Pete Peterson, a co-founder of the Blackstone Group, is retiring from the private equity business and unveiling a new foundation bearing his name. The Peterson Foundation, which will be well-funded and staffed by luminaries like GAO director David Walker and former senator Sam Nunn, will work to promote the idea that entitlement programs cause our nation's fiscal problems, and will address other issues like nuclear proliferation.
As the New York Times reports, there is one problem with Peterson's scolding Americans for enjoying Social Security and Medicare: Peterson himself sees no problem in enjoying government largesse that is provided through the tax code. He has benefited enormously from the tax loophole for "carried interest," which allows buyout fund managers to enjoy the low 15 percent capital gains rate for compensation they receive for managing other people's money. As CTJ has argued in many places, this loophole essentially subsidizes the incomes of millionaires and billionaires through the tax code.
But this type of contradiction is nothing new for Peterson. Back in 1994, CTJ director Robert McIntyre wrote an article in the American Prospect called "False Messiah." He pointed out that the ideas Peterson promoted back then basically came down to (A) slashing entitlement programs that help people to reach and stay in the middle-class and (B) replacing the progressive income tax with a consumption tax that would be a massive boon to the wealthy while increasing the tax burden on everyone else. A consumption tax would make income from wealth and savings entirely tax-free. That's the sort of income rich families have a lot of and poor families have none of.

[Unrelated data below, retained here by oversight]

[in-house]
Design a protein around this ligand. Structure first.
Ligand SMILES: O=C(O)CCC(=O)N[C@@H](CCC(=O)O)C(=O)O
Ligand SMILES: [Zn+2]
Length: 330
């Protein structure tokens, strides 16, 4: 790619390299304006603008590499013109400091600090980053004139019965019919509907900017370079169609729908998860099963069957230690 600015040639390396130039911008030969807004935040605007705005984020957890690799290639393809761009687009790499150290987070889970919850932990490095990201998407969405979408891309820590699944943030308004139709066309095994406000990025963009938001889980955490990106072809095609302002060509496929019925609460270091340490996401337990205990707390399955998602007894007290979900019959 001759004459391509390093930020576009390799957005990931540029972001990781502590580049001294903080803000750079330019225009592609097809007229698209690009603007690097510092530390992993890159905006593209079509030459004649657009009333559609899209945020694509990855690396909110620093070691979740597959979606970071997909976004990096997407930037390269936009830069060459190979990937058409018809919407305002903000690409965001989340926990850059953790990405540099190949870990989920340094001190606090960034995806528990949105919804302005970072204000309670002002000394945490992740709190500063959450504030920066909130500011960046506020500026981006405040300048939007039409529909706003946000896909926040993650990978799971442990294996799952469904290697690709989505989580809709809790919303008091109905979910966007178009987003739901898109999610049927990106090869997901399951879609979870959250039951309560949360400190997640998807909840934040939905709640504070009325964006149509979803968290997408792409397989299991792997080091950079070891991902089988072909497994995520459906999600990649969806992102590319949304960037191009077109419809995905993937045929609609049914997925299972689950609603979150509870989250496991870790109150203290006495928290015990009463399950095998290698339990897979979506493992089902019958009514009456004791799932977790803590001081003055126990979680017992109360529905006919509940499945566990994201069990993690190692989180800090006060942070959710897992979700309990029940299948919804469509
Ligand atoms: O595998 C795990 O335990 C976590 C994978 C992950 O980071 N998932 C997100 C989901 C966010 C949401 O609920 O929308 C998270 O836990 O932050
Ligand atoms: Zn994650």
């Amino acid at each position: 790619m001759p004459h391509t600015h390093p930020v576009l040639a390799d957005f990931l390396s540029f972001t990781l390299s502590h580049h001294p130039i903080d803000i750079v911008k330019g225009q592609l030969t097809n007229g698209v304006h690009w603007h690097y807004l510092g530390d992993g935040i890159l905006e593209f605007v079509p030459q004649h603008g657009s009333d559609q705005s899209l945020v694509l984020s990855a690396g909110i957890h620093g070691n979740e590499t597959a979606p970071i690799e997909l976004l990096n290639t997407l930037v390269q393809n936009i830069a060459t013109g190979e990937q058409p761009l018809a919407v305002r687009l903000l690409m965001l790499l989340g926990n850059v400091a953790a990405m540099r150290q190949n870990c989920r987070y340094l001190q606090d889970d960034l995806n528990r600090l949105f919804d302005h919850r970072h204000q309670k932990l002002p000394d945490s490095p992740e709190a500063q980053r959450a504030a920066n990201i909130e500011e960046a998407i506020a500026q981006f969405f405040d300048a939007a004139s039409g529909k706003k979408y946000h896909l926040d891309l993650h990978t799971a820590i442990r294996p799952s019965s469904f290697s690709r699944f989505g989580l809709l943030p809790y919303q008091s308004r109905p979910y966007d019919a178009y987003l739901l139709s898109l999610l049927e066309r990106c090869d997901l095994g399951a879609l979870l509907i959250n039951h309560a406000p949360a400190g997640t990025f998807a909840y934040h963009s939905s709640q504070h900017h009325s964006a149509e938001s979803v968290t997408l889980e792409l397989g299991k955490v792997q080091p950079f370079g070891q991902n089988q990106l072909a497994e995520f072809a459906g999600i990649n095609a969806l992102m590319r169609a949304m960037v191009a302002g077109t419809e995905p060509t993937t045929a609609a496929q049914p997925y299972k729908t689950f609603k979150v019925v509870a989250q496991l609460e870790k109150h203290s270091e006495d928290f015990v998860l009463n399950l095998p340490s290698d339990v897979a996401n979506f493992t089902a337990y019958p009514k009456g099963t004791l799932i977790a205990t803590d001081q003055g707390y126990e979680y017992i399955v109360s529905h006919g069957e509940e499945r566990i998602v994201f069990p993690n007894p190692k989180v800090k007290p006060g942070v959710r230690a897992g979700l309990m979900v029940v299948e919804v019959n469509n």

Nonetheless, Peterson had a remarkable ability even then to present his ideas as advice that would save the middle-class. It will be worth watching his new foundation to see whose interests it really serves.